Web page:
Student Initiative Results in Green Revolving Fund Launch at Johnson

Center for Sustainable Global Enterprise moves forward with new experiential program emphasizing technology and investment to combat climate change


Student Initiative Results in Green Revolving Fund Launch at Johnson

The Samuel Curtis Johnson Graduate School of Management’s Center for Sustainable Global Enterprise at Cornell University announced the launch of a green revolving fund (GRF) to enhance energy conservation efforts in campus buildings.  The GRF becomes part of a program that will help students gain experience leveraging technology and investment to combat climate change.

The launch of GRF stems from work by Energy Corps, a campus-wide student organization established in 2012 that has been dedicated to improving energy efficiency at Cornell. The fund will provide low interest loans to colleges and departments across campus for investments in energy efficiency technology upgrades that yield significant financial returns. 

“Energy Corps has done an amazing job catalyzing support for a GRF here at Cornell,” said Mark Milstein, director of the center. “By launching this program, we have the opportunity to provide students a unique educational opportunity that will have tremendous impact on campus and around the world.”

To date, Energy Corps efforts completed numerous projects across campus with estimated savings of more than $200,000 over the next 7 years. 

“Without the encouragement and support of a university dedicated to student learning and environmental sustainability, the GRF would simply not be happening,” said Jacob Reisch (‘15), Founder of Energy Corps.  “We are excited to help launch a fund that offers educational and leadership opportunities to students, saves the university hundreds of thousands of dollars, and helps the university achieve its 2050 carbon neutrality goal.”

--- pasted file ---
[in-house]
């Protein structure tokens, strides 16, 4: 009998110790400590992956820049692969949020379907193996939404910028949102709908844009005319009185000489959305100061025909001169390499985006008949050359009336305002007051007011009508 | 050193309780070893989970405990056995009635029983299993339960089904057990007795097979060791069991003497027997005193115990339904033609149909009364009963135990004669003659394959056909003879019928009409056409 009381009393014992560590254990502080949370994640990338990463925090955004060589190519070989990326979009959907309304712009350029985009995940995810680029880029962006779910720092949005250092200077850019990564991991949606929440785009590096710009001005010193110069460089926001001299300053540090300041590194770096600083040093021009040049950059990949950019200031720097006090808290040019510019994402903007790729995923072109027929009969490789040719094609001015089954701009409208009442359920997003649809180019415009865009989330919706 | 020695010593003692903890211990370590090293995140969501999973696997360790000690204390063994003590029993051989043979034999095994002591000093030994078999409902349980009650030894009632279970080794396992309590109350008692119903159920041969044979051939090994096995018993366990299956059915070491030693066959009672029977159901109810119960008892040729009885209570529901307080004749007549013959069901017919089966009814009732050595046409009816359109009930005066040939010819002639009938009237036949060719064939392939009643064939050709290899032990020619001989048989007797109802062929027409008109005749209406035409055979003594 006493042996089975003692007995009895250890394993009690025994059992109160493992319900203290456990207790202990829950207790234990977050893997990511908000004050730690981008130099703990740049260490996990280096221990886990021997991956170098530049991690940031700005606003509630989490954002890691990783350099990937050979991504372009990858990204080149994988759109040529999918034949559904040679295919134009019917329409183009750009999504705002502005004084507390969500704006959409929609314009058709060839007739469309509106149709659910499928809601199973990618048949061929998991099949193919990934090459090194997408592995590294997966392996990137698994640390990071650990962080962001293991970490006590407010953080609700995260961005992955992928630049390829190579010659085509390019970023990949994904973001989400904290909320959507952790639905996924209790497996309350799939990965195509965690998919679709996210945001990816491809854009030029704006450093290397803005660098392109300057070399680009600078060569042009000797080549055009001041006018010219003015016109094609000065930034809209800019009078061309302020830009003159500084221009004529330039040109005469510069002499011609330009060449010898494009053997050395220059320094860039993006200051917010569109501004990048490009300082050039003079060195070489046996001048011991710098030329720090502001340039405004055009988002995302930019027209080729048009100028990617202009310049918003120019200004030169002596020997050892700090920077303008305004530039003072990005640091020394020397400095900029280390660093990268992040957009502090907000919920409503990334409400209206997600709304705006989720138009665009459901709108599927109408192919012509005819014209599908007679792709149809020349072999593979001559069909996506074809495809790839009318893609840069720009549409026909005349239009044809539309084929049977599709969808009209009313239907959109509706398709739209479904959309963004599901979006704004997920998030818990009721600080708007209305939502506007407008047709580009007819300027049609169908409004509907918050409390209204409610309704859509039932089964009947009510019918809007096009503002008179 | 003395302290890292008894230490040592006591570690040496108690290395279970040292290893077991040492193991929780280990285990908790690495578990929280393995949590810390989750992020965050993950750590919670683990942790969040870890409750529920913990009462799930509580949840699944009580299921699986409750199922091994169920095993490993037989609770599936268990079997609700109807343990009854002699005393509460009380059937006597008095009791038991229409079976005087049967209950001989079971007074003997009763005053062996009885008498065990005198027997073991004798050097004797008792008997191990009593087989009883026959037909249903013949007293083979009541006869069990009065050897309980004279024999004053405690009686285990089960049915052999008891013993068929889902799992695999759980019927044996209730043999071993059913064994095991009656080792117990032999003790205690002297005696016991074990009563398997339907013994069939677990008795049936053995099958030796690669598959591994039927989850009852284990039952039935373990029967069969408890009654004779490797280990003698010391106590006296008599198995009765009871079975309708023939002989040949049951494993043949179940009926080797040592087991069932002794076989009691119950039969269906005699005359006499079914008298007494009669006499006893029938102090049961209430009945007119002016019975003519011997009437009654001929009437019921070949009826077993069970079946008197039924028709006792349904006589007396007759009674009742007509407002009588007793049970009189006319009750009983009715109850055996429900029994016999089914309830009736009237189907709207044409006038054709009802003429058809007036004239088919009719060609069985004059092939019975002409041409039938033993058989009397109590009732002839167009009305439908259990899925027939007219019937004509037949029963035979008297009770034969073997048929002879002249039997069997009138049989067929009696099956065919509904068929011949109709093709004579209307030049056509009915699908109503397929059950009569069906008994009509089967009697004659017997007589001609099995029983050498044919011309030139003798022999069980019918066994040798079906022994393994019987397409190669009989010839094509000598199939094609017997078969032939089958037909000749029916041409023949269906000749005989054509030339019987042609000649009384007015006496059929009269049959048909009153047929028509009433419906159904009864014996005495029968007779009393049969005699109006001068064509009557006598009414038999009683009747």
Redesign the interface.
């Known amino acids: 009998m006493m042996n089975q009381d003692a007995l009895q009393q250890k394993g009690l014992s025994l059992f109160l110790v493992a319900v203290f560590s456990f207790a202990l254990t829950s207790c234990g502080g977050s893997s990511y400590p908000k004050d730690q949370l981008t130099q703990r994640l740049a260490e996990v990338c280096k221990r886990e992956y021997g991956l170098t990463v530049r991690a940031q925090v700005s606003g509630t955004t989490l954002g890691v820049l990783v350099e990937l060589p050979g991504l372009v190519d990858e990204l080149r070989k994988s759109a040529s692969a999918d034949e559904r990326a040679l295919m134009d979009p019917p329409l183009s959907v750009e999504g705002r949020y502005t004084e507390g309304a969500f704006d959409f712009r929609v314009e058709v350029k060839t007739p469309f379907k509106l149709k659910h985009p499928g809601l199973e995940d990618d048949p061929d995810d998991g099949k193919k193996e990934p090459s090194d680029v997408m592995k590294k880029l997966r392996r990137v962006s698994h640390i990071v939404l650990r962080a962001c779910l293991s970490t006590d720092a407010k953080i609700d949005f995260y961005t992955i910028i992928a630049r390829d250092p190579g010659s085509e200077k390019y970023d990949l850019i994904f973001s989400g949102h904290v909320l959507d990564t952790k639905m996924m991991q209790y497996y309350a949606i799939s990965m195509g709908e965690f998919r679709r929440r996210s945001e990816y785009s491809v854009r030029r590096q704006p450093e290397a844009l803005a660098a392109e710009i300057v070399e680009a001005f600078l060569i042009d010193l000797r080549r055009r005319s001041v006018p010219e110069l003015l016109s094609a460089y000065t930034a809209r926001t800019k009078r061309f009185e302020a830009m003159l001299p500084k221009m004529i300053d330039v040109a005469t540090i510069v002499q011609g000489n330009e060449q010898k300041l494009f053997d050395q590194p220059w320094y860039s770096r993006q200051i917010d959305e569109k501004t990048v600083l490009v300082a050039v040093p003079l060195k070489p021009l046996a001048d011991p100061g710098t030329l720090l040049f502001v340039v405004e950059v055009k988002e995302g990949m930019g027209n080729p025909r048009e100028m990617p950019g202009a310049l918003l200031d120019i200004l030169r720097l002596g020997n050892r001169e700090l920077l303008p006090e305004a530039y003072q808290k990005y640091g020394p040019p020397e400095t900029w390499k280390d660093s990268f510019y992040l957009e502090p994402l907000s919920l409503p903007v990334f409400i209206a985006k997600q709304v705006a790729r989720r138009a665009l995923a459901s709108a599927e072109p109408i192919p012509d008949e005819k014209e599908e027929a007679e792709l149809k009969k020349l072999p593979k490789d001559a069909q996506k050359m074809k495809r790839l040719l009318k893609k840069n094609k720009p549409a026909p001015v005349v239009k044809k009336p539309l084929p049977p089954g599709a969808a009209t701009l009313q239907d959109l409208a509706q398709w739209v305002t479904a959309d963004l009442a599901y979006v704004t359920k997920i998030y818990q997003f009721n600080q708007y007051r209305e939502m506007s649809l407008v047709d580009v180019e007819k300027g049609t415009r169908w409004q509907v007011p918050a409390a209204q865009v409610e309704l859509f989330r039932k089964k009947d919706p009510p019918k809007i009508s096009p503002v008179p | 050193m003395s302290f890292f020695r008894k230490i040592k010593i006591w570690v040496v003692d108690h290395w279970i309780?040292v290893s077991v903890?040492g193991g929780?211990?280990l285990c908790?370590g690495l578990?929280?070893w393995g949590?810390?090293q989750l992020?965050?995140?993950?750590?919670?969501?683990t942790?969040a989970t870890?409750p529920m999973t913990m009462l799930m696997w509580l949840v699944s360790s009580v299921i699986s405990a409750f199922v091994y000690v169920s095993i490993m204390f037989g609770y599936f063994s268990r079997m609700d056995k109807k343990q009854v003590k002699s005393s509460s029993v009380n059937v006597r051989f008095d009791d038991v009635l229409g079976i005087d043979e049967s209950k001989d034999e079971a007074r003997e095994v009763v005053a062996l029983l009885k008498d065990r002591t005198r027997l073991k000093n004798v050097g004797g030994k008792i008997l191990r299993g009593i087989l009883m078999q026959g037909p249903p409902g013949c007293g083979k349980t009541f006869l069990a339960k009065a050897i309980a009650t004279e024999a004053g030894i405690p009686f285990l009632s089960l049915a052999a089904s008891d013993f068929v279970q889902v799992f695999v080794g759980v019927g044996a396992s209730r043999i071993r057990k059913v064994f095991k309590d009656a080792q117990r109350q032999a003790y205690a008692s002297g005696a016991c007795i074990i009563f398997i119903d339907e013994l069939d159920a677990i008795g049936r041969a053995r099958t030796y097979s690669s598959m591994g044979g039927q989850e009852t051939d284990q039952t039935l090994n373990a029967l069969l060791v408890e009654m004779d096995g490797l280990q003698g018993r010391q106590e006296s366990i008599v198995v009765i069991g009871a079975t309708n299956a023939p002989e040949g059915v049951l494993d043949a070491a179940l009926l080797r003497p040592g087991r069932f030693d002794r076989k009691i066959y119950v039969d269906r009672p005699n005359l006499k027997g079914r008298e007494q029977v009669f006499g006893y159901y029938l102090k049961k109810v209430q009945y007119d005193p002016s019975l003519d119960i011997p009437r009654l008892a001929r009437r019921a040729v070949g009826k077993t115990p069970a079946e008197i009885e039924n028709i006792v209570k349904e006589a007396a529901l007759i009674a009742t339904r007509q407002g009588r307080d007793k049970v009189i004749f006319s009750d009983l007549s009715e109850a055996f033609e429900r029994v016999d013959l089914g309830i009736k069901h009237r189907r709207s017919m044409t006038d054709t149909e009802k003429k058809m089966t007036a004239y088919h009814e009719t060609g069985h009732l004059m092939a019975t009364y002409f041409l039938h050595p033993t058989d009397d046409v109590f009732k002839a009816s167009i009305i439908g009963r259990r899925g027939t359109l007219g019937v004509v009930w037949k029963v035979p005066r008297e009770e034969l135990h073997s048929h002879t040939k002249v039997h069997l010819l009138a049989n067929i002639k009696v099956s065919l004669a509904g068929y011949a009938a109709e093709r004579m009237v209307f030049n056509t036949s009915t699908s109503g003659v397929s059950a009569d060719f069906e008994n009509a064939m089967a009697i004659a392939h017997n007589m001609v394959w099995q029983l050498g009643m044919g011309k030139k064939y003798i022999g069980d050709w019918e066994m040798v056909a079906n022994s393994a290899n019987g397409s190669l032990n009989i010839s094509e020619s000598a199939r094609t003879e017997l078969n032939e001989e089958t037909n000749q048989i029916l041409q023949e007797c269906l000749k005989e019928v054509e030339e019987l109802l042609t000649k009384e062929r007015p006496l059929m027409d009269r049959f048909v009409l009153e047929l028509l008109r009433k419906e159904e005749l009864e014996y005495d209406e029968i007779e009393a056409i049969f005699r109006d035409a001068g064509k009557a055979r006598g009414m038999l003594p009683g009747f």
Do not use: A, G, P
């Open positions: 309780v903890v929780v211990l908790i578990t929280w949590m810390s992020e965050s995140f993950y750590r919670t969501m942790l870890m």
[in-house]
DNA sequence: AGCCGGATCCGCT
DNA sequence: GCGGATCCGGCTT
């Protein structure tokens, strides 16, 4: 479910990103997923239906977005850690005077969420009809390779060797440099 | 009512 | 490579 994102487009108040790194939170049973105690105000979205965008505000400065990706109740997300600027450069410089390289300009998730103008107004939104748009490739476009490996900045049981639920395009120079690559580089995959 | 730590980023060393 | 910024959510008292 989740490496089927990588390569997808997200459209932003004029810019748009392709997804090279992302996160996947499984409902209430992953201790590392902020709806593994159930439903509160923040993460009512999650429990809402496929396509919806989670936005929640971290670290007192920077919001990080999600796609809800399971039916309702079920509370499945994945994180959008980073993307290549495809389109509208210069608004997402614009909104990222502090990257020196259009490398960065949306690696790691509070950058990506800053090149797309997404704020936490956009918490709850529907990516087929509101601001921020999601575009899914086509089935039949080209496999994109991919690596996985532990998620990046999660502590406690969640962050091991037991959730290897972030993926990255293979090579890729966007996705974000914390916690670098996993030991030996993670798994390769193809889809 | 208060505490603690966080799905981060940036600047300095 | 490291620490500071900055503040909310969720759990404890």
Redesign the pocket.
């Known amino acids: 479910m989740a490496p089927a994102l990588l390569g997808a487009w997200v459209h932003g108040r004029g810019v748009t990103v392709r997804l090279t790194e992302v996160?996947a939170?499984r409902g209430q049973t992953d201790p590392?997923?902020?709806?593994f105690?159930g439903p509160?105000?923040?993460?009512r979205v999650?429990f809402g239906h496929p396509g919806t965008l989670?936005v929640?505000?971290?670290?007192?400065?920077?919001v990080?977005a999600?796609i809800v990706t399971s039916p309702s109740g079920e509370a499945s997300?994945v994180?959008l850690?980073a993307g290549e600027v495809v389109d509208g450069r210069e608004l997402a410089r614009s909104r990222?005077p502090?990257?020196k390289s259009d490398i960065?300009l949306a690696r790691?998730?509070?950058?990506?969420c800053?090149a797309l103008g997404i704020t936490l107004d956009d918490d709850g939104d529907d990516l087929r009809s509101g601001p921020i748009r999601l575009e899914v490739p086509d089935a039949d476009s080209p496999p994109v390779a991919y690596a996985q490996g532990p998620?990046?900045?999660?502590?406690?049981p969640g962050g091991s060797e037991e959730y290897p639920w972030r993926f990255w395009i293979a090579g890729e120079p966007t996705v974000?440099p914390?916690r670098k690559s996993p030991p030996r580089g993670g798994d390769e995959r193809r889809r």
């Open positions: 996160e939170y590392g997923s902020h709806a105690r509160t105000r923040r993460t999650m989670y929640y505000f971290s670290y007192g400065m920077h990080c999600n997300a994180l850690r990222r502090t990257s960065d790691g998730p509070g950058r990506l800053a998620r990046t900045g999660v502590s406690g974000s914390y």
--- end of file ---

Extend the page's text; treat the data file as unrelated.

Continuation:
John Alexander (’74, ’76) provided the first gift of $100,000 to enable the establishment of the GRF. “I love that this is valuable to students and the university,” said Alexander. “It exemplifies an approach to an important business opportunity that is sustainable - it won’t run out of money by its very design as a revolving fund.”


Milstein and Kyu Whang, vice president of facilities agreed that establishing the GRF and embedding it into academic programs at the university would have the potential for the biggest impact across campus, not only for energy conservation and financial savings, but also from an educational perspective.


A pilot course launched this spring will be expanded in the fall. The course not only allows students to manage the GRF, including the identification, evaluation, and execution of specific energy efficiency projects across campus, but also provides students the opportunity to develop key management, leadership, and critical thinking skills that will be valuable throughout their lives.

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